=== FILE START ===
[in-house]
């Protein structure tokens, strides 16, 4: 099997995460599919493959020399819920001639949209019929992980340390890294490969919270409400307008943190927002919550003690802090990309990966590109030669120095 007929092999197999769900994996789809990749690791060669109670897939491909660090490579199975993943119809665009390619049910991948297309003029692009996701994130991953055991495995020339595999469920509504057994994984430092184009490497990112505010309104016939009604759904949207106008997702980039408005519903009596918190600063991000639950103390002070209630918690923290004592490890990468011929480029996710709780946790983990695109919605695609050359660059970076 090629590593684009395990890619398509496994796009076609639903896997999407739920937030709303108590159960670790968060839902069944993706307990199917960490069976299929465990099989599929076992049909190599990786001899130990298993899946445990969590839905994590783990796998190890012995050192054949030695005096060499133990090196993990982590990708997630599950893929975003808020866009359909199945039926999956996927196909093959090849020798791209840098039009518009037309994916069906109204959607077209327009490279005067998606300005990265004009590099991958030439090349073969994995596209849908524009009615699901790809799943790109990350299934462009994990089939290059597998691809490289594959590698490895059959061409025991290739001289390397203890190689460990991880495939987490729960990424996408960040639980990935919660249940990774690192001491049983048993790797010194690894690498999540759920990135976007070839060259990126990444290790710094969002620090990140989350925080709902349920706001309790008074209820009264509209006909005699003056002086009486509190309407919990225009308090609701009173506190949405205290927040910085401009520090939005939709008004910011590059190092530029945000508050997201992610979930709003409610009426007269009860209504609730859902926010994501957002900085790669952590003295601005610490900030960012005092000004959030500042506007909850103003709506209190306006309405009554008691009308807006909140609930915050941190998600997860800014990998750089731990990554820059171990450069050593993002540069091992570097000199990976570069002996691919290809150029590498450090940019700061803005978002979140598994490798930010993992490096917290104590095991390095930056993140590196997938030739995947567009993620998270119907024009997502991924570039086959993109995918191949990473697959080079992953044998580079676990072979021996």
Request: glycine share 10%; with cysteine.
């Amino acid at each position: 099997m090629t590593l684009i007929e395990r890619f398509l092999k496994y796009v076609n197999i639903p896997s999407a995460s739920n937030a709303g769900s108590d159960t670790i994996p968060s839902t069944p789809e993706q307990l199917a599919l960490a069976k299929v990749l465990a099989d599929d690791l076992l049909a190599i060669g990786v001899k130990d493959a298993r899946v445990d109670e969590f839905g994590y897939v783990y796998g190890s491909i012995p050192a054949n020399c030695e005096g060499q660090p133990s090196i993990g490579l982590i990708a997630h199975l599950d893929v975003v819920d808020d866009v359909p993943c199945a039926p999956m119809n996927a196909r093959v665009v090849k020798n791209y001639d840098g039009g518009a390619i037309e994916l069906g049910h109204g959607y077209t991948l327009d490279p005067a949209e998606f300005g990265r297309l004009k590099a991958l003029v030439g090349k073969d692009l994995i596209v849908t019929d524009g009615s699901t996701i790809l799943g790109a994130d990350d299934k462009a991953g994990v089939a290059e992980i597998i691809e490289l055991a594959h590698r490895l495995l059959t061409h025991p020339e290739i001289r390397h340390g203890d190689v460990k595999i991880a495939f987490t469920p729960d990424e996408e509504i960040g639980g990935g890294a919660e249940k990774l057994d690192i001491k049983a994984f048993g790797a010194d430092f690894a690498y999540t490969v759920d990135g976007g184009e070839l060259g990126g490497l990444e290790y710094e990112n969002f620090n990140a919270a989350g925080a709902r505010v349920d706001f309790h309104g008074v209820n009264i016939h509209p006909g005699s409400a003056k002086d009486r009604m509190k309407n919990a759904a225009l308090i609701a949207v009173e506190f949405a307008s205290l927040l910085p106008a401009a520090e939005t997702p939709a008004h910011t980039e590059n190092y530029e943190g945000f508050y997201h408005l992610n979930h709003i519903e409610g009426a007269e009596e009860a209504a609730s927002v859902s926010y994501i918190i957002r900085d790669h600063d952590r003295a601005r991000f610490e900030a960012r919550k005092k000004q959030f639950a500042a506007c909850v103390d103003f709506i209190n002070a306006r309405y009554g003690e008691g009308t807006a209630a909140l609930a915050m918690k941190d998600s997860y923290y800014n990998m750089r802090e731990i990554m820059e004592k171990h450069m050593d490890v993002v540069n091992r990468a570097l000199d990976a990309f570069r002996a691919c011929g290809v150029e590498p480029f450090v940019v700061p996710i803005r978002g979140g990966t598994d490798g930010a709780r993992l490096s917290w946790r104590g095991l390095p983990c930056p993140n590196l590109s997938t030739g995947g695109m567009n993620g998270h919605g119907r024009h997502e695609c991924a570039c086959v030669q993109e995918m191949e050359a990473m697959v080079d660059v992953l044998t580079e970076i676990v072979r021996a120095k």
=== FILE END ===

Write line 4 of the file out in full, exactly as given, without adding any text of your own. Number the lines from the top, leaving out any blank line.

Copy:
């Amino acid at each position: 099997m090629t590593l684009i007929e395990r890619f398509l092999k496994y796009v076609n197999i639903p896997s999407a995460s739920n937030a709303g769900s108590d159960t670790i994996p968060s839902t069944p789809e993706q307990l199917a599919l960490a069976k299929v990749l465990a099989d599929d690791l076992l049909a190599i060669g990786v001899k130990d493959a298993r899946v445990d109670e969590f839905g994590y897939v783990y796998g190890s491909i012995p050192a054949n020399c030695e005096g060499q660090p133990s090196i993990g490579l982590i990708a997630h199975l599950d893929v975003v819920d808020d866009v359909p993943c199945a039926p999956m119809n996927a196909r093959v665009v090849k020798n791209y001639d840098g039009g518009a390619i037309e994916l069906g049910h109204g959607y077209t991948l327009d490279p005067a949209e998606f300005g990265r297309l004009k590099a991958l003029v030439g090349k073969d692009l994995i596209v849908t019929d524009g009615s699901t996701i790809l799943g790109a994130d990350d299934k462009a991953g994990v089939a290059e992980i597998i691809e490289l055991a594959h590698r490895l495995l059959t061409h025991p020339e290739i001289r390397h340390g203890d190689v460990k595999i991880a495939f987490t469920p729960d990424e996408e509504i960040g639980g990935g890294a919660e249940k990774l057994d690192i001491k049983a994984f048993g790797a010194d430092f690894a690498y999540t490969v759920d990135g976007g184009e070839l060259g990126g490497l990444e290790y710094e990112n969002f620090n990140a919270a989350g925080a709902r505010v349920d706001f309790h309104g008074v209820n009264i016939h509209p006909g005699s409400a003056k002086d009486r009604m509190k309407n919990a759904a225009l308090i609701a949207v009173e506190f949405a307008s205290l927040l910085p106008a401009a520090e939005t997702p939709a008004h910011t980039e590059n190092y530029e943190g945000f508050y997201h408005l992610n979930h709003i519903e409610g009426a007269e009596e009860a209504a609730s927002v859902s926010y994501i918190i957002r900085d790669h600063d952590r003295a601005r991000f610490e900030a960012r919550k005092k000004q959030f639950a500042a506007c909850v103390d103003f709506i209190n002070a306006r309405y009554g003690e008691g009308t807006a209630a909140l609930a915050m918690k941190d998600s997860y923290y800014n990998m750089r802090e731990i990554m820059e004592k171990h450069m050593d490890v993002v540069n091992r990468a570097l000199d990976a990309f570069r002996a691919c011929g290809v150029e590498p480029f450090v940019v700061p996710i803005r978002g979140g990966t598994d490798g930010a709780r993992l490096s917290w946790r104590g095991l390095p983990c930056p993140n590196l590109s997938t030739g995947g695109m567009n993620g998270h919605g119907r024009h997502e695609c991924a570039c086959v030669q993109e995918m191949e050359a990473m697959v080079d660059v992953l044998t580079e970076i676990v072979r021996a120095k």